That can’t happen, and I’m counting on you all to help me make sure that that never happens.  (Applause.)

And when it comes to Americanism in our foreign policy, for decades, frankly we just plain ignored it.  We didn’t lead.  We let the bureaucrats in international organizations lead us.  We let our allies shun their responsibilities.

We pretended our enemies were our friends, and sometimes sadly we even appeased them.

But those days are over.  No more.  The Trump administration – and you’ll hear it from the Vice President tomorrow – we’ve gotten back to the basics.  As I said when I was in Cairo now a few months back, we’re not going to apologize for America anymore.  (Applause.)  No, Americanism is something that we must be proud of.  We’re putting it at the center of our foreign policy.  Every one of my diplomats all across the world knows it, and is delivering it.

It’s simple.  Look, at its core – at its core, it means honoring principles and returning to a foreign policy that had the vision of our founders at its very center.  I talked about this idea in a speech I gave out in California at – (applause) – yeah.

George Washington had it right.  He counseled us against “inveterate antipathies against particular nations, and passionate attachments” to “others.” He wanted us to look at the world dispassionately, for us to see it as it is, for what it really is.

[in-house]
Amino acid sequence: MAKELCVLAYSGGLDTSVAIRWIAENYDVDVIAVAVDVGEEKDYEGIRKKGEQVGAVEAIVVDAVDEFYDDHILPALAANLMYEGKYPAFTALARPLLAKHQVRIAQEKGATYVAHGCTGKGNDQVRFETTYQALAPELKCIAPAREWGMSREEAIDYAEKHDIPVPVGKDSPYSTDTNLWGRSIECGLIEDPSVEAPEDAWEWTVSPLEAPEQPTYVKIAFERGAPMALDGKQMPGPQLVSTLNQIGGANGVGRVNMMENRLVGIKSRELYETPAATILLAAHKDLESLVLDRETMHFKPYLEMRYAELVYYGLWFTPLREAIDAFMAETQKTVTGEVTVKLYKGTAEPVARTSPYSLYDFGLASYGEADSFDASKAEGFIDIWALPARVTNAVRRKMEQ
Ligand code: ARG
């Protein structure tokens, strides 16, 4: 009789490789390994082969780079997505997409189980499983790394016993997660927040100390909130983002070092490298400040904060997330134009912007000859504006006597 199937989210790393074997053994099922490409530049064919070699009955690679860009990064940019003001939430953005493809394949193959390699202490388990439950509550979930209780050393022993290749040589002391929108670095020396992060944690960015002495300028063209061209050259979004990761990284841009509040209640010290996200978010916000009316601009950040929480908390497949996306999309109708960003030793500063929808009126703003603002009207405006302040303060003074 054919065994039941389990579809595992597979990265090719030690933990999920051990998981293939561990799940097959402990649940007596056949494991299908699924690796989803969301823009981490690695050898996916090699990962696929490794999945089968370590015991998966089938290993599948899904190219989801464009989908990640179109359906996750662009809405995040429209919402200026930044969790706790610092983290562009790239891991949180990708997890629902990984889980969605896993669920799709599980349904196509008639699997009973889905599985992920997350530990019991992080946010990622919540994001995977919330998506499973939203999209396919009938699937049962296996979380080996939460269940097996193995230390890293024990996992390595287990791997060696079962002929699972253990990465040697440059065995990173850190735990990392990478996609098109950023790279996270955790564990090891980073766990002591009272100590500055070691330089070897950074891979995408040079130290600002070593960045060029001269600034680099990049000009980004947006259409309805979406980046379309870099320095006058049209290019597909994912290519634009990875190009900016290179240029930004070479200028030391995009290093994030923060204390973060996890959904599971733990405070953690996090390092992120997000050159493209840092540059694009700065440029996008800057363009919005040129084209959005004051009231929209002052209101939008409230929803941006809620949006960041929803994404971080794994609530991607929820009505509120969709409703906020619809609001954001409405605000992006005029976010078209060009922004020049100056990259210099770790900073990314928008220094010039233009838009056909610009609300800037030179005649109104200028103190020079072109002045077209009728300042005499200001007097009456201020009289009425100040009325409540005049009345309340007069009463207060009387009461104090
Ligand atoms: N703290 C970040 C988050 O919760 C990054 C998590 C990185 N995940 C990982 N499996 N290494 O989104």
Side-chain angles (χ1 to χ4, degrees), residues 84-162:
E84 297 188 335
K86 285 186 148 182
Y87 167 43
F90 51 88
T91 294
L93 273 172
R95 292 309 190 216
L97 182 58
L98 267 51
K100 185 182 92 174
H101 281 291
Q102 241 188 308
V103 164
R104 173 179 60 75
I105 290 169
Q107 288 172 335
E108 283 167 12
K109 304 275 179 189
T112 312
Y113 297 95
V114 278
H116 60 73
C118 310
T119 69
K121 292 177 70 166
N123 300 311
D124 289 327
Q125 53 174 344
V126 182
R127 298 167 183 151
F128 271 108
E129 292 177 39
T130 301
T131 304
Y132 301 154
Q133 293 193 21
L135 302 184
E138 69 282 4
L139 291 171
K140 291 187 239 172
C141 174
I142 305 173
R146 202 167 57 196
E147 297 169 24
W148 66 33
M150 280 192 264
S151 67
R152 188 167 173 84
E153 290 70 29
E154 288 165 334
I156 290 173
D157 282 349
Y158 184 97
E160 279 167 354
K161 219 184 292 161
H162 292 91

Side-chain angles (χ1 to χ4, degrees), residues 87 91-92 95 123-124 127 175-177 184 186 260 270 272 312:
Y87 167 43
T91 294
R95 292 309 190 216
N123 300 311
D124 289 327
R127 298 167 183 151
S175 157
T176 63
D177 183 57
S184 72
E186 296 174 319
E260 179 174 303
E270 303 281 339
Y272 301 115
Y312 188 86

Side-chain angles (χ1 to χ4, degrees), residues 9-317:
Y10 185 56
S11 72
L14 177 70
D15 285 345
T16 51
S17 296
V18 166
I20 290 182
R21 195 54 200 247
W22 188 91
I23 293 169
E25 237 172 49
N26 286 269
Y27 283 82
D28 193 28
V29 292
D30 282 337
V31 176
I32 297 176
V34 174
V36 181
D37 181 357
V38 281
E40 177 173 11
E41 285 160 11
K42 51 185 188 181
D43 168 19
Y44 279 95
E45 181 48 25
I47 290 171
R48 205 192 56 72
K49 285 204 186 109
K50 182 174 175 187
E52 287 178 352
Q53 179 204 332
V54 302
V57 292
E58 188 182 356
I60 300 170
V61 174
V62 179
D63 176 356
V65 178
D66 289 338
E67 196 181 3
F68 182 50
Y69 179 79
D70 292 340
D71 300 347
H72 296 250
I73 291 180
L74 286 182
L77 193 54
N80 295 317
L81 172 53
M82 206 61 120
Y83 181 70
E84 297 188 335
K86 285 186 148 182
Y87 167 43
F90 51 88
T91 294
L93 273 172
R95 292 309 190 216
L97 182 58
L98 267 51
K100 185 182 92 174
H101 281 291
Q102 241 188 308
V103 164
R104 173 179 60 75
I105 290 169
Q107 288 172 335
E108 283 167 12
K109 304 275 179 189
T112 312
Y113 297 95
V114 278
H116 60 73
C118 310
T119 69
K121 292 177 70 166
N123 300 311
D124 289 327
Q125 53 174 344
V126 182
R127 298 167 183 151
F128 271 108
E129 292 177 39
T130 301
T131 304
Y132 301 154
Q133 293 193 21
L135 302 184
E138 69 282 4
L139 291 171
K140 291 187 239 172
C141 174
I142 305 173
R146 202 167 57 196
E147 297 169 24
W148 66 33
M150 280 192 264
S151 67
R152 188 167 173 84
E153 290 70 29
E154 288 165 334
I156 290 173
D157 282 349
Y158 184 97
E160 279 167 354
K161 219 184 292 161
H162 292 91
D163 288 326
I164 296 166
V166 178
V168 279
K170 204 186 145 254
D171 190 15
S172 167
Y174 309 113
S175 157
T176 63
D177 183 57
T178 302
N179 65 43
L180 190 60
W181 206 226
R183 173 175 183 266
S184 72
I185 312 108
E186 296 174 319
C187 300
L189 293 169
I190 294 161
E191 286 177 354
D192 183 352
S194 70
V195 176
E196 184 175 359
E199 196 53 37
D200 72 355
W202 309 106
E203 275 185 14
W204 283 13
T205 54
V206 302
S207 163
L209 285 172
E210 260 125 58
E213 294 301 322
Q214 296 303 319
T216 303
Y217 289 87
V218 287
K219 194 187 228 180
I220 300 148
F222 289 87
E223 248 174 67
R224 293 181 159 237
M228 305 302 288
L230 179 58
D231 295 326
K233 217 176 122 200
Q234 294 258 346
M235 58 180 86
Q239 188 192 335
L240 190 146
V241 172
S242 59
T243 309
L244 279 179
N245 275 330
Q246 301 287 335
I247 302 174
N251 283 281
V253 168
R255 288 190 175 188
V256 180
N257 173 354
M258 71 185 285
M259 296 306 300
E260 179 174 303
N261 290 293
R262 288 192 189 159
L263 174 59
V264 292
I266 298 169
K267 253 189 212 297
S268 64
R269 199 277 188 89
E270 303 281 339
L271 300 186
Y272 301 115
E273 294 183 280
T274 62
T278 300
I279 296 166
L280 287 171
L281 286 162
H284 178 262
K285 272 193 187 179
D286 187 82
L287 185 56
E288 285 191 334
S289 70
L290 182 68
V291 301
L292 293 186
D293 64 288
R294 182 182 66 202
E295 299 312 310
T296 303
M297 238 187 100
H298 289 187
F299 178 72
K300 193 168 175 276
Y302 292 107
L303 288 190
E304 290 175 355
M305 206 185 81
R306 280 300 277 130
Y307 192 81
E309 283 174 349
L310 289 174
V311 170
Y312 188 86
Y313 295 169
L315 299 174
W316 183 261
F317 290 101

Americanism – it means telling the truth about the challenges we face.  Look, this administration didn’t pretend that the Islamic Republic of Iran was a responsible actor in the Middle East.  We called out China’s bad behavior on trade and on national security.  We recognized – we recognized that North Korea’s rogue behavior could not be ignored.

Those are at the center, these are the core of America’s founding principles, because Americanism means standing up for our principles, for the American people, and supporting our unalienable rights wherever we go.  It’s the same principles that we found, too, in our Declaration of Independence.  I’ve watched us wander from these principles, and so I’ve taken a number of actions with President Trump’s support.  I’ve launched a Commission on Unalienable Rights to ensure that human rights policy around the world is grounding in basic American founding principles.  (Applause.)